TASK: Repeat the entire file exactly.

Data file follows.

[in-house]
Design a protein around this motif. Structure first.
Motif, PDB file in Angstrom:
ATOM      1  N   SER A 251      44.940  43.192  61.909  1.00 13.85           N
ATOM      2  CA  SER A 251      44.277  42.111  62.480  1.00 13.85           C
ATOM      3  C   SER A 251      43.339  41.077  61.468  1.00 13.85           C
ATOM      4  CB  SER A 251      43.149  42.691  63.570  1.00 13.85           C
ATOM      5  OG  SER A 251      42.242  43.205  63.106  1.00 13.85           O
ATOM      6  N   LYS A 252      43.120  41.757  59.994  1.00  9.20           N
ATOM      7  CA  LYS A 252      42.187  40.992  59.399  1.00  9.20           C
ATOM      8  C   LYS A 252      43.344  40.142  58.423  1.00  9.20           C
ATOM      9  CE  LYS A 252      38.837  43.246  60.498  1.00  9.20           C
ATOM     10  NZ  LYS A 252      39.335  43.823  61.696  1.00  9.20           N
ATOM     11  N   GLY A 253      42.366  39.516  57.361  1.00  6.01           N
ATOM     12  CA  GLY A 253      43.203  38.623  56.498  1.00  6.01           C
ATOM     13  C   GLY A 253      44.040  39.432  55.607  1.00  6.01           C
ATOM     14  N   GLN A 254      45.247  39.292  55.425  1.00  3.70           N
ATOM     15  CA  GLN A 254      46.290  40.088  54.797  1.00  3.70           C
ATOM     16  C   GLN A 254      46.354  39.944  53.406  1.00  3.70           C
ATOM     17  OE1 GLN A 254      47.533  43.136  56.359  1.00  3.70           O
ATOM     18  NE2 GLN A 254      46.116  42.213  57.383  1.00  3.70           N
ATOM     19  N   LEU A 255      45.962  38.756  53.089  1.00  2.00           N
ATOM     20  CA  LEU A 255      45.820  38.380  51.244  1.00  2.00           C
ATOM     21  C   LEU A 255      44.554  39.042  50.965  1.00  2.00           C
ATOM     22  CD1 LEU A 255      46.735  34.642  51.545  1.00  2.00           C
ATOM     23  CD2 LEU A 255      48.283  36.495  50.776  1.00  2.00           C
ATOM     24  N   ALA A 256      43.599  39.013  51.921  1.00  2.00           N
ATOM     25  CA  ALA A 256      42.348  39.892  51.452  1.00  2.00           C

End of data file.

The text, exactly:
[in-house]
Design a protein around this motif. Structure first.
Motif, PDB file in Angstrom:
ATOM      1  N   SER A 251      44.940  43.192  61.909  1.00 13.85           N
ATOM      2  CA  SER A 251      44.277  42.111  62.480  1.00 13.85           C
ATOM      3  C   SER A 251      43.339  41.077  61.468  1.00 13.85           C
ATOM      4  CB  SER A 251      43.149  42.691  63.570  1.00 13.85           C
ATOM      5  OG  SER A 251      42.242  43.205  63.106  1.00 13.85           O
ATOM      6  N   LYS A 252      43.120  41.757  59.994  1.00  9.20           N
ATOM      7  CA  LYS A 252      42.187  40.992  59.399  1.00  9.20           C
ATOM      8  C   LYS A 252      43.344  40.142  58.423  1.00  9.20           C
ATOM      9  CE  LYS A 252      38.837  43.246  60.498  1.00  9.20           C
ATOM     10  NZ  LYS A 252      39.335  43.823  61.696  1.00  9.20           N
ATOM     11  N   GLY A 253      42.366  39.516  57.361  1.00  6.01           N
ATOM     12  CA  GLY A 253      43.203  38.623  56.498  1.00  6.01           C
ATOM     13  C   GLY A 253      44.040  39.432  55.607  1.00  6.01           C
ATOM     14  N   GLN A 254      45.247  39.292  55.425  1.00  3.70           N
ATOM     15  CA  GLN A 254      46.290  40.088  54.797  1.00  3.70           C
ATOM     16  C   GLN A 254      46.354  39.944  53.406  1.00  3.70           C
ATOM     17  OE1 GLN A 254      47.533  43.136  56.359  1.00  3.70           O
ATOM     18  NE2 GLN A 254      46.116  42.213  57.383  1.00  3.70           N
ATOM     19  N   LEU A 255      45.962  38.756  53.089  1.00  2.00           N
ATOM     20  CA  LEU A 255      45.820  38.380  51.244  1.00  2.00           C
ATOM     21  C   LEU A 255      44.554  39.042  50.965  1.00  2.00           C
ATOM     22  CD1 LEU A 255      46.735  34.642  51.545  1.00  2.00           C
ATOM     23  CD2 LEU A 255      48.283  36.495  50.776  1.00  2.00           C
ATOM     24  N   ALA A 256      43.599  39.013  51.921  1.00  2.00           N
ATOM     25  CA  ALA A 256      42.348  39.892  51.452  1.00  2.00           C